“Travel is fatal to prejudice, bigotry and narrow mindedness… Broad, wholesome, charitable views of men and things cannot be acquired by vegetating in one little corner of earth all one’s lifetime,written by Mark Twain.

…and echoed by City Tech students enrolled in Sustainable Tourism classes. We encourage you to expand your view of the world—right here in Brooklyn!

Background
New York City is home to over three million immigrants—half a million of them arriving in the last decade. In 1992, Congress passed legislation granting large-scale immigration from parts of the world whose residents had not previously settled here in large numbers.

Brooklyn serves as the first settlement for many new immigrants. As the city’s most populous borough, Brooklyn is home to nearly 31% of the city’s 8 million residents. Census data from 2000 and 1990 reveal the borough’s newest inhabitants are most likely to arrive from Caribbean nations, Latino countries, the former Soviet Union and Eastern Europe or Asia.

Brooklyn’s ethnically diverse population provides a rich framework for an abundance of multi-cultural activities, destinations and services. Centuries of traditions, cultural experiences and celebrations have been transformed into American life as new immigrants settle here.

Immigrant Trails
This project identifies and highlights Brooklyn’s global pathways with a website of community-based tourism sites celebrating the borough’s ethnic and cultural diversity.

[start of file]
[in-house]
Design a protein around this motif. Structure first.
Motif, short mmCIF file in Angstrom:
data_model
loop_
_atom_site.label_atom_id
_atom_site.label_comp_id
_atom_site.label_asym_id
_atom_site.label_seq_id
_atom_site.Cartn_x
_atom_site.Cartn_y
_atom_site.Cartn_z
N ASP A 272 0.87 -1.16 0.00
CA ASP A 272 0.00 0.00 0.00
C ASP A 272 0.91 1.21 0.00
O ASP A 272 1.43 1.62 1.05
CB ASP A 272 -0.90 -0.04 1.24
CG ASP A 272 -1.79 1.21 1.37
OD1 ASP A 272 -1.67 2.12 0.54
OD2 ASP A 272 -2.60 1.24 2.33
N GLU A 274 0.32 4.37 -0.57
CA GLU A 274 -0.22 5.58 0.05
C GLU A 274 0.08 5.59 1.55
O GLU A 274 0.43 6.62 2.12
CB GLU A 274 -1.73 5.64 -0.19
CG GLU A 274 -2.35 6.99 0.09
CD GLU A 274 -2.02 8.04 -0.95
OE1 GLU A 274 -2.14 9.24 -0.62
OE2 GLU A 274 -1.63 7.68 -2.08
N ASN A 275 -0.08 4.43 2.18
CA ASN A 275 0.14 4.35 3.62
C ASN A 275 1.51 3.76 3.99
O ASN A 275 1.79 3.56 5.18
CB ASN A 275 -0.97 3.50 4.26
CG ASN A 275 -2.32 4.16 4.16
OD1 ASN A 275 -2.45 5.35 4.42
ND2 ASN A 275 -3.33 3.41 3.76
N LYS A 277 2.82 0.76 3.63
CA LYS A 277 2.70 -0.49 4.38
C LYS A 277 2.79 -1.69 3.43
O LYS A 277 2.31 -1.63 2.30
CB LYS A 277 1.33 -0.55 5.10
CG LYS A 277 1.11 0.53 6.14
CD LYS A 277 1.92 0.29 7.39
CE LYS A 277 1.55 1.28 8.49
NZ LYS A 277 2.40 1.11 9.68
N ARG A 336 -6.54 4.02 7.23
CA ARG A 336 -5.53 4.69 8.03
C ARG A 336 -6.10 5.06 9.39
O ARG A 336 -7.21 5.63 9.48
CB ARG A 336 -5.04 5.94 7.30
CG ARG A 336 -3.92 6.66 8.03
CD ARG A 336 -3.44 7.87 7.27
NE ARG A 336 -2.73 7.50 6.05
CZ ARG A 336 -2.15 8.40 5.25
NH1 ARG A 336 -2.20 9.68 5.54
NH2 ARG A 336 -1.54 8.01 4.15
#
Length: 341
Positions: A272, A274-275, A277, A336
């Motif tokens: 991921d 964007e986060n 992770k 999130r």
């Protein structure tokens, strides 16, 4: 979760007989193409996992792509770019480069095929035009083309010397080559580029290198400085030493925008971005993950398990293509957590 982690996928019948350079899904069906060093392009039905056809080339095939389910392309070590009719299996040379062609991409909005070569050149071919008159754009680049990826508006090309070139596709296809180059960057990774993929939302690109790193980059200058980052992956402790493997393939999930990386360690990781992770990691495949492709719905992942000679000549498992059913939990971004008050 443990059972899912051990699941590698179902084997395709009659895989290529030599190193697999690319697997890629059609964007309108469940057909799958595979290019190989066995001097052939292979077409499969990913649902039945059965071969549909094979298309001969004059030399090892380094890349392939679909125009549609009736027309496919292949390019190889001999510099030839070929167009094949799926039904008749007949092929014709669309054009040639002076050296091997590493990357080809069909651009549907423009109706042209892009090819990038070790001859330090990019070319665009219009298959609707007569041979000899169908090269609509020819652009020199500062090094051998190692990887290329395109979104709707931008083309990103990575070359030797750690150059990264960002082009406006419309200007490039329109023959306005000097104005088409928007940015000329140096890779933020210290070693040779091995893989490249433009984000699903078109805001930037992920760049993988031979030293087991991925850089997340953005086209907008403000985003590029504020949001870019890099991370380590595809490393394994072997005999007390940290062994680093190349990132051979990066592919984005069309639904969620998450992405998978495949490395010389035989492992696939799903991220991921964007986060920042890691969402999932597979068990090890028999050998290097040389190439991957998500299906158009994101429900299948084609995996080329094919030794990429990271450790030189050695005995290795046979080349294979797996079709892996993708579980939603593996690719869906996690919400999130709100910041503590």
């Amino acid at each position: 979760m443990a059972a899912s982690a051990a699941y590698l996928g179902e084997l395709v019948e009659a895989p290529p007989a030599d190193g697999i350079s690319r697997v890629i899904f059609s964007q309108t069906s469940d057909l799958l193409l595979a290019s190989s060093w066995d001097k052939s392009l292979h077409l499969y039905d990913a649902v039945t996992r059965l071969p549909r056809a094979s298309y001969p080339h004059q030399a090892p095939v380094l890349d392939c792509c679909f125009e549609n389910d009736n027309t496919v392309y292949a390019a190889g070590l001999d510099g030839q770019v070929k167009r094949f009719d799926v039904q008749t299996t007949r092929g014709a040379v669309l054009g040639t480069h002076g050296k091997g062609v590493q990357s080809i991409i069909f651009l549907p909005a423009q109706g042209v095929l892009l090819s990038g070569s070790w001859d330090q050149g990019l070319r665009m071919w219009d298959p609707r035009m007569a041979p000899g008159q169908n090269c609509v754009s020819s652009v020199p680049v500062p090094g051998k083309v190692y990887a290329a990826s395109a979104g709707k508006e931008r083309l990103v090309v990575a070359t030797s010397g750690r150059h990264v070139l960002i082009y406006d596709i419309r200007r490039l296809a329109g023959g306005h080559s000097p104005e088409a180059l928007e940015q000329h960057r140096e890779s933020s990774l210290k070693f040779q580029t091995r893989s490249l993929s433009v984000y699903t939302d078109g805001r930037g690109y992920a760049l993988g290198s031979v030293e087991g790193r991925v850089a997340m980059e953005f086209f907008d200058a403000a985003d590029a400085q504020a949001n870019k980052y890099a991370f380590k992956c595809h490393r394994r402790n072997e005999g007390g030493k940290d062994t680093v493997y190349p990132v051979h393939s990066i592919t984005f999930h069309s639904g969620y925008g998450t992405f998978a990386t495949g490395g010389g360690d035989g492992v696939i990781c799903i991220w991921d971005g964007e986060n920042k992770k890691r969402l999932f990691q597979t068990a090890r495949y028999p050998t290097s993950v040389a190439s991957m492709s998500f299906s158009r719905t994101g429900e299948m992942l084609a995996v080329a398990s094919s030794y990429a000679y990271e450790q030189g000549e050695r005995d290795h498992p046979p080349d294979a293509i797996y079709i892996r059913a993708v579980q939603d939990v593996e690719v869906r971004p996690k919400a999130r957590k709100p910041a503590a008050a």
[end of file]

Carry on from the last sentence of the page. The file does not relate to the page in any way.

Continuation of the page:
The criteria for selecting the destinations reflects:

• Sites with links to the borough’s four largest ethnic population bases:
Caribbean; Eastern European/ Russian; Hispanic; Italian

• Sites located along public transportation routes of MTA bus and subway lines. Utilizing public transportation is consistent with sustainable tourism standards—which is tourism that sustains and enhances a location, versus tourism that takes away or detracts from a site.

• Sites identified as representative of the specific ethnic community highlighted and appealing to a cross- segment of the population.

More sites will be added focusing on additional ethnic communities, activities and destinations.

Immigrant Trails

Project is Directed by:
   Professor Karen L. Smith, Sustainable Tourism
   New York City College of Technology, CUNY

...Managed by:
   Karen Lundstrem, Director of Instructional Technology
   Ignacio Soltero, Web Designer

   Evelyn Pak, JavaScripting and Web Developer

...Research coordinated by:
   Patina Billey, Research Assistant for Caribbean Sites
   Cheavon Braff, Research Assistant for Hispanic Sites
   Inga Gadek Taper, Research Assistant for Eastern European/ Russian Sites
   Tahreem Pasha, Research Assistant for Italian Sites
   Natasha Brown, Research Assistant
   Iga Czapla, Research Assistant
   Sustainable Tourism Class, New York City College of Technology

...Supported by:
   CUNY Diversity Fund Project
   The Brooklyn Chamber of Commerce
   The MTA

Funding for this project has been provided by a grant from the CUNY Affirmative Action Committee. Also contributing support to this effort is the MTA, the Gotham Gazette and the Brooklyn Chamber of Commerce. Artwork & portions of the Subway Map© 2002 are owned by MTA New York City Transit and commissioned by Metropolitan Transportation Authority Arts for Transit.


Immigrant Trails Links
Caribbean Sites
Eastern European & Russian Sites
Hispanic Sites
Italian Sites